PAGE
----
Herta qualified fourth and raced his way to third in a race that Will Power dominated. The Team Penske driver led the first 45 laps from the pole while he was pursued by Alexander Rossi.

The two front-runners planned on being the last two drivers in the 24-car field to make their final pit stop.

That plan was foiled, however, when James Hinchcliffe’s Honda ran into the back of Felix Rosenqvist’s Honda, sending it into the barrier in Turn 20. That was the only caution in the 60-lap race. Power and Rossi would go from the top two to 14thand 15thafter making their pit stops.

Power’s race ended on pit lane when a broken half-shaft kept his car from engaging in gear and he went from first to worst in the 24-car field.

That put Herta in the lead under caution. Right behind him was the intimidating sight of the No. 2 Chevrolet driven by Team Penske’s 28-year-old Josef Newgarden, the 2017 NTT IndyCar Series champion and the winner of the 2019 season-opener at St. Petersburg, Florida.

“We knew we got on the right side of the pit strategy and had the pace to stay ahead of two extremely fast guys behind us,” Steinbrenner said. “It was a matter of Colton staying out in front and nursing it home.”

When the green flag waved to restart the race with 10 laps left, the 18-year-old was calm and cool as he was able to get a great restart and pull away from Newgarden.

Back in the pit area, Steinbrenner stood on the timing stand in the pits alongside co-owner Mike Harding and team president and race strategist Brian Barnhart. Because COTA is a 20-turn, 3.41-mile road course, it takes a while to complete a lap. Herta had the fastest lap in the race on Lap 54 and it was 108.9853 seconds.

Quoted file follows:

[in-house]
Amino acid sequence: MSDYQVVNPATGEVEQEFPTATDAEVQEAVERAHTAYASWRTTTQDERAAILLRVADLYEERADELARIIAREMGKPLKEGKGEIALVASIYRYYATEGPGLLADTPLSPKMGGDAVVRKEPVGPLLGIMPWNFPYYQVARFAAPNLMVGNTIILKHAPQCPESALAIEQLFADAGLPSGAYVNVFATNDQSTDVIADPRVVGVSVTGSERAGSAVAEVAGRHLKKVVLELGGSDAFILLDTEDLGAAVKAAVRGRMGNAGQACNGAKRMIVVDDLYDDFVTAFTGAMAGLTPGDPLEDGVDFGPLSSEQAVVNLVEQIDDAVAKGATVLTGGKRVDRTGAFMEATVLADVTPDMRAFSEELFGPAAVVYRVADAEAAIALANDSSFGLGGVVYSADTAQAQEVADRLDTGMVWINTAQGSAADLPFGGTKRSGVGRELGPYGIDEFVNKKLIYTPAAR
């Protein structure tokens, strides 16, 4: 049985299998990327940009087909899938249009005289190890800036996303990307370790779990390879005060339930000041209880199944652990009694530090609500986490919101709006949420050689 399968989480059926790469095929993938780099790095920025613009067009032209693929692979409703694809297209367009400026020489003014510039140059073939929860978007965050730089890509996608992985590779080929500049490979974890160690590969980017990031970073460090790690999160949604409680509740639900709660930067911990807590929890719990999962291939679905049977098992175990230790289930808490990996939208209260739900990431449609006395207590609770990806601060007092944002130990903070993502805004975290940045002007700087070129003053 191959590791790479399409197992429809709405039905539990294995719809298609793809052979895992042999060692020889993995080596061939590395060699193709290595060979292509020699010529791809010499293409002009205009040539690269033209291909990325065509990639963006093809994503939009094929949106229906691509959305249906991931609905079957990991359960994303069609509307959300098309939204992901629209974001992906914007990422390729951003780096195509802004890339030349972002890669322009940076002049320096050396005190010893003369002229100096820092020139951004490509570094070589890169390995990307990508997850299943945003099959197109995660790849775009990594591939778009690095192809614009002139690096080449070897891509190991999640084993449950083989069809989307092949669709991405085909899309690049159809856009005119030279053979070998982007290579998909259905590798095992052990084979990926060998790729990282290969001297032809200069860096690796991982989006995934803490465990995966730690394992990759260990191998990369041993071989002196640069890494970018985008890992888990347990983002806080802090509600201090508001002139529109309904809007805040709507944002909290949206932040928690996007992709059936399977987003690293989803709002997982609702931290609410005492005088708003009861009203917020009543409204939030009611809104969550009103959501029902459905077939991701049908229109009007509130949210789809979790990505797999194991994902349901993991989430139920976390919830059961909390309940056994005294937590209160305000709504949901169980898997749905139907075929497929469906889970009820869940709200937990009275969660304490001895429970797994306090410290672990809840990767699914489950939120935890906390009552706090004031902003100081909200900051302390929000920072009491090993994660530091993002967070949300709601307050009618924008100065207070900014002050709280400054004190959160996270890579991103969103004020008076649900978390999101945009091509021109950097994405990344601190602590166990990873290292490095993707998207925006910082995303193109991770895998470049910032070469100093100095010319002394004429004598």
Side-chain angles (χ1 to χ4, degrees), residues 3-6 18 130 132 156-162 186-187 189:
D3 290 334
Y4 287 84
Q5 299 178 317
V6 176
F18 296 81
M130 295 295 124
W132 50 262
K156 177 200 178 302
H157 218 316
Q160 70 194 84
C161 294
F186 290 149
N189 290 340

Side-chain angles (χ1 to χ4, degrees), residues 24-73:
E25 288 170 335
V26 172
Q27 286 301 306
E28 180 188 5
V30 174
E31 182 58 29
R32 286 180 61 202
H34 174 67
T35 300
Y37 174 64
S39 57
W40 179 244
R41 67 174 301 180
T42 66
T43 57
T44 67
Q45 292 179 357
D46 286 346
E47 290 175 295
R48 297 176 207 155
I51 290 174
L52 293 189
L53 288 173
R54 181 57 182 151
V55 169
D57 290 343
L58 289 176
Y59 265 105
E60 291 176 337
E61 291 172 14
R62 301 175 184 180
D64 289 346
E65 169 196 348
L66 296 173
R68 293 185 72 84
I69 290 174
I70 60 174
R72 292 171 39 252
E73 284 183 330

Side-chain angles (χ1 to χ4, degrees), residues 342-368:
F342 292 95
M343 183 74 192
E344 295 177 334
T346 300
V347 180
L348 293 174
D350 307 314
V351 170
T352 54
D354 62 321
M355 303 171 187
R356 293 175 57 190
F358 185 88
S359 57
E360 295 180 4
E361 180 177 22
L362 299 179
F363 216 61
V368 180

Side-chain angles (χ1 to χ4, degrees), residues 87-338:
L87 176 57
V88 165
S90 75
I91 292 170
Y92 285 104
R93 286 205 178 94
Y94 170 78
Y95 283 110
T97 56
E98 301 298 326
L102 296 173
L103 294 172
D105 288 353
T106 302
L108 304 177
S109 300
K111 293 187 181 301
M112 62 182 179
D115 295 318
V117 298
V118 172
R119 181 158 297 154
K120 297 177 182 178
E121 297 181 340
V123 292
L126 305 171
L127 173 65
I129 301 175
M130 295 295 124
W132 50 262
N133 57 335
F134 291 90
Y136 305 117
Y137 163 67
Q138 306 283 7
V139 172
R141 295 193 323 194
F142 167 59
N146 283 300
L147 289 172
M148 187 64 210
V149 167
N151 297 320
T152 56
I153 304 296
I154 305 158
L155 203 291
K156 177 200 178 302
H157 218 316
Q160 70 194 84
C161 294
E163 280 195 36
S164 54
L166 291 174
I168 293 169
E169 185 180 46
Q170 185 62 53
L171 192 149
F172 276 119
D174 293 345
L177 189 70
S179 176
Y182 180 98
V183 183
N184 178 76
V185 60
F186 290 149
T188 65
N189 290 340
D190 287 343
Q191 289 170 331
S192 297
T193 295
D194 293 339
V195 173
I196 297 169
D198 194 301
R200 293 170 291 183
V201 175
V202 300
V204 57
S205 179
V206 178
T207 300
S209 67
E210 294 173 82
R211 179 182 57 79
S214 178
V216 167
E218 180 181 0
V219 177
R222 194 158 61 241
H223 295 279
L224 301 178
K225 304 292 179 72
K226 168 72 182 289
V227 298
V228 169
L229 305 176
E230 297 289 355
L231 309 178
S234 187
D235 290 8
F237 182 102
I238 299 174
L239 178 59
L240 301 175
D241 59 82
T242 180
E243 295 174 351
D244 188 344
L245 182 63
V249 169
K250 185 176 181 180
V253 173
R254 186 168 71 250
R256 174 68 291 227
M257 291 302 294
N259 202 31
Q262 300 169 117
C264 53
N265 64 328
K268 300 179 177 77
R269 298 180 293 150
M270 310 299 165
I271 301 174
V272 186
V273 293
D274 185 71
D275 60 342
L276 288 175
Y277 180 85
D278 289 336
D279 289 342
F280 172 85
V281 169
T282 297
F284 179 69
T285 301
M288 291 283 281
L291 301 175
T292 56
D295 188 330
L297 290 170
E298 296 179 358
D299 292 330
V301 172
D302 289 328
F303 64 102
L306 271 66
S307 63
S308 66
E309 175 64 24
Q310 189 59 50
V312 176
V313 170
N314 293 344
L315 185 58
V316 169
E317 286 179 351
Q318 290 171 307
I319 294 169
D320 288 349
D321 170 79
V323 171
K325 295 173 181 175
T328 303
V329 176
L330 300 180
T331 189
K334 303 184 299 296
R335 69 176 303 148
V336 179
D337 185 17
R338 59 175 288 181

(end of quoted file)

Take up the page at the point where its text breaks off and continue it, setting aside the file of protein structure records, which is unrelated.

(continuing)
The long course added to the tension as the 60-lap race neared its conclusion.

Steinbrenner, who bears a resemblance to 1980s actor Fisher Stevens, remained cool on the timing stand.

When Herta’s Honda came out of Turn 20 on the final lap to the checkered flag, Steinbrenner could finally celebrate, pumping his fist in the air.

“I was very concerned,” Steinbrenner admitted. “Most of the guys in the paddock, you are concerned with in a situation like that, especially a former champion. It was nerve-racking.

“Wow. It’s a dream come true.”

Steinbrenner got his first win in IndyCar before the New York Yankees.

“Not too far apart, but a couple of days in front,” Steinbrenner laughed.

For a Steinbrenner, there are always more goals to achieve. Sunday’s first victory is like a “regular season” win to the Yankees. That team’s goal is to win the World Series.

Steinbrenner, IV’s goal is to win the biggest race in the world – the 103rdIndianapolis 500 on May 26.

“I think there’s a pretty big race in May,” Steinbrenner said. “I think for us, that’s the next big goal.

“I grew up with two passions: baseball and racing. I thought my family had one pretty well covered. We’ll go and chase another one.”

When a Steinbrenner sets a goal, don’t bet against it.